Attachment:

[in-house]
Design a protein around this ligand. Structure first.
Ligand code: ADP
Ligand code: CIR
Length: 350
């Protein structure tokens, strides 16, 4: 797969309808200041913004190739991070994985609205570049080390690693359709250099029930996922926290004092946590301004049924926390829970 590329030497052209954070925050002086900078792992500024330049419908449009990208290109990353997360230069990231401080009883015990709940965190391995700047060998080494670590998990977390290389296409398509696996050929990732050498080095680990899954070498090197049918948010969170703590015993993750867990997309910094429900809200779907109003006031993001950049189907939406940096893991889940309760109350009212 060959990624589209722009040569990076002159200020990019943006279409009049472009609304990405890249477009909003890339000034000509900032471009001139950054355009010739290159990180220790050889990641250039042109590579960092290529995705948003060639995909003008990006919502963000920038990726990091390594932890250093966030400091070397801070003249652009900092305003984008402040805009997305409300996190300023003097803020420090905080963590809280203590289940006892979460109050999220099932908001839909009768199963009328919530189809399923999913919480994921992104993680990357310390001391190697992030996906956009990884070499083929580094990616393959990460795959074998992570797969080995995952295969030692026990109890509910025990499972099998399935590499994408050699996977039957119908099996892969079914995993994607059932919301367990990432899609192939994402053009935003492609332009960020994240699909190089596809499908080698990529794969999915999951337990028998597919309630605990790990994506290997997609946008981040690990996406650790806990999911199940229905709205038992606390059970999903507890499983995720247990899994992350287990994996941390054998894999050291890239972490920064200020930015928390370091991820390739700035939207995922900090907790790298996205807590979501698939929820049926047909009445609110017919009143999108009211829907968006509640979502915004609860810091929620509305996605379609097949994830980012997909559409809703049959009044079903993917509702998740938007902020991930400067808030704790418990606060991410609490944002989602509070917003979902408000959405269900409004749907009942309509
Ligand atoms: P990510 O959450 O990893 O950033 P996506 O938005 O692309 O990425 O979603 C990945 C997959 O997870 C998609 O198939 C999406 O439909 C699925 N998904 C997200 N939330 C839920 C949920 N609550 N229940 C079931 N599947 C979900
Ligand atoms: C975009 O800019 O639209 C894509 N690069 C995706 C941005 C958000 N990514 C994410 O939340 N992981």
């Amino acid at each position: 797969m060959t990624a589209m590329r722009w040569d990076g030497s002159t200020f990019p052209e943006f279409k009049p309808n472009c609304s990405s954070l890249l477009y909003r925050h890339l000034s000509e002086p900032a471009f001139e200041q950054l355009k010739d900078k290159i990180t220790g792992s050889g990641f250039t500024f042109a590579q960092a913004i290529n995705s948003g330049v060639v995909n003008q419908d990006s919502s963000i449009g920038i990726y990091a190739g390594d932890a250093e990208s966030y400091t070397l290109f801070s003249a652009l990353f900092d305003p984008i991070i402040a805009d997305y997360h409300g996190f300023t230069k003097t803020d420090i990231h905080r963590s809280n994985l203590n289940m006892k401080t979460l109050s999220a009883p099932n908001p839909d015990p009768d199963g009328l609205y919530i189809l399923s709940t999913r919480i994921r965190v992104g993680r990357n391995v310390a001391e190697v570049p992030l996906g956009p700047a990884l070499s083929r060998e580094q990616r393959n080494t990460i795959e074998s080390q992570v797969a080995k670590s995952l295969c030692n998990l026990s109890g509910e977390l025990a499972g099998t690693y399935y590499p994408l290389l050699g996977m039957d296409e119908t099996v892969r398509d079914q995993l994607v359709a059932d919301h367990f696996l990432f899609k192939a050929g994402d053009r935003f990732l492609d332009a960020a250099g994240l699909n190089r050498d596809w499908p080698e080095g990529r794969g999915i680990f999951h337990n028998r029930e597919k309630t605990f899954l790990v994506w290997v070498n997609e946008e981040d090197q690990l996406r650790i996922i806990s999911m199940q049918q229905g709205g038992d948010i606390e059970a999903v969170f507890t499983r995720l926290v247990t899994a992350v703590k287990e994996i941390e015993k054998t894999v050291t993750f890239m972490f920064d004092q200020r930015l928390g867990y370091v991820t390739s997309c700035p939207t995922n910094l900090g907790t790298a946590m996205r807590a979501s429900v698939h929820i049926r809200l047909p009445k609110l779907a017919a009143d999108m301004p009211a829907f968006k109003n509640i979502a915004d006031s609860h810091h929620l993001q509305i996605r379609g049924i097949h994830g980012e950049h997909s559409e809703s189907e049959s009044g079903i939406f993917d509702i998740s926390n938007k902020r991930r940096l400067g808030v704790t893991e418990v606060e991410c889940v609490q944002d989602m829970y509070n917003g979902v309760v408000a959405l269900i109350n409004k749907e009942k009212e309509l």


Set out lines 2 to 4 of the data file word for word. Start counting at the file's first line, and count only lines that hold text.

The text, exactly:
Design a protein around this ligand. Structure first.
Ligand code: ADP
Ligand code: CIR